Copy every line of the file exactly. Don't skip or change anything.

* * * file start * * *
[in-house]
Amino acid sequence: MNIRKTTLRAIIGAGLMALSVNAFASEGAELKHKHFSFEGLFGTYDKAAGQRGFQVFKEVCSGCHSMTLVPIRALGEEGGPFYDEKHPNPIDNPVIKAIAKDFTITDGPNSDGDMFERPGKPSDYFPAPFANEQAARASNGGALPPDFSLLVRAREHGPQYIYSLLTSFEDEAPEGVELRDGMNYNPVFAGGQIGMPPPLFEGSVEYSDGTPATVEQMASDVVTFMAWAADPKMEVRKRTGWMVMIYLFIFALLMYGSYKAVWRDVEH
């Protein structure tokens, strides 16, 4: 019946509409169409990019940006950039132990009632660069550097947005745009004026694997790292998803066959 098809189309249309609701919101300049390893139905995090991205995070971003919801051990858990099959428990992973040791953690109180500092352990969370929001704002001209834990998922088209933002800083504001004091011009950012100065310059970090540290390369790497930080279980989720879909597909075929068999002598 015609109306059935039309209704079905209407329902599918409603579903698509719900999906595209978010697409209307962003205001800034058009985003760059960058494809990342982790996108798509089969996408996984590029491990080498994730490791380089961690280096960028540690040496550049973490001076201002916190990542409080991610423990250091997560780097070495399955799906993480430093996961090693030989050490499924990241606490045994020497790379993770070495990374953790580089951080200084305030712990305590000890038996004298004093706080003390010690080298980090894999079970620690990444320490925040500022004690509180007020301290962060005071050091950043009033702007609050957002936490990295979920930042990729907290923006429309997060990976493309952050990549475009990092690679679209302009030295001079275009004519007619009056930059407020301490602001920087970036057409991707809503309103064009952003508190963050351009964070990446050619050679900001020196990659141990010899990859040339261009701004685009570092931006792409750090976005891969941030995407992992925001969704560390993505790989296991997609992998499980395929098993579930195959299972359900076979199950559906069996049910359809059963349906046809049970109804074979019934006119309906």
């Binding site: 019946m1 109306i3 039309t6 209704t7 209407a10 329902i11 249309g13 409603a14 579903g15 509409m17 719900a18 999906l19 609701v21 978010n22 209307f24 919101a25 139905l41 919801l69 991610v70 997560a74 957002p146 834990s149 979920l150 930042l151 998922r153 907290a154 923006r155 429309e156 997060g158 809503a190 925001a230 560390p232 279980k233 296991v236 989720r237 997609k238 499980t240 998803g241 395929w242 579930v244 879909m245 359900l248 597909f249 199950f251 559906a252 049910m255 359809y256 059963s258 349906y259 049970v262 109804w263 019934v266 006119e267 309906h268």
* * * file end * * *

[in-house]
Amino acid sequence: MNIRKTTLRAIIGAGLMALSVNAFASEGAELKHKHFSFEGLFGTYDKAAGQRGFQVFKEVCSGCHSMTLVPIRALGEEGGPFYDEKHPNPIDNPVIKAIAKDFTITDGPNSDGDMFERPGKPSDYFPAPFANEQAARASNGGALPPDFSLLVRAREHGPQYIYSLLTSFEDEAPEGVELRDGMNYNPVFAGGQIGMPPPLFEGSVEYSDGTPATVEQMASDVVTFMAWAADPKMEVRKRTGWMVMIYLFIFALLMYGSYKAVWRDVEH
């Protein structure tokens, strides 16, 4: 019946509409169409990019940006950039132990009632660069550097947005745009004026694997790292998803066959 098809189309249309609701919101300049390893139905995090991205995070971003919801051990858990099959428990992973040791953690109180500092352990969370929001704002001209834990998922088209933002800083504001004091011009950012100065310059970090540290390369790497930080279980989720879909597909075929068999002598 015609109306059935039309209704079905209407329902599918409603579903698509719900999906595209978010697409209307962003205001800034058009985003760059960058494809990342982790996108798509089969996408996984590029491990080498994730490791380089961690280096960028540690040496550049973490001076201002916190990542409080991610423990250091997560780097070495399955799906993480430093996961090693030989050490499924990241606490045994020497790379993770070495990374953790580089951080200084305030712990305590000890038996004298004093706080003390010690080298980090894999079970620690990444320490925040500022004690509180007020301290962060005071050091950043009033702007609050957002936490990295979920930042990729907290923006429309997060990976493309952050990549475009990092690679679209302009030295001079275009004519007619009056930059407020301490602001920087970036057409991707809503309103064009952003508190963050351009964070990446050619050679900001020196990659141990010899990859040339261009701004685009570092931006792409750090976005891969941030995407992992925001969704560390993505790989296991997609992998499980395929098993579930195959299972359900076979199950559906069996049910359809059963349906046809049970109804074979019934006119309906």
């Binding site: 019946m1 109306i3 039309t6 209704t7 209407a10 329902i11 249309g13 409603a14 579903g15 509409m17 719900a18 999906l19 609701v21 978010n22 209307f24 919101a25 139905l41 919801l69 991610v70 997560a74 957002p146 834990s149 979920l150 930042l151 998922r153 907290a154 923006r155 429309e156 997060g158 809503a190 925001a230 560390p232 279980k233 296991v236 989720r237 997609k238 499980t240 998803g241 395929w242 579930v244 879909m245 359900l248 597909f249 199950f251 559906a252 049910m255 359809y256 059963s258 349906y259 049970v262 109804w263 019934v266 006119e267 309906h268």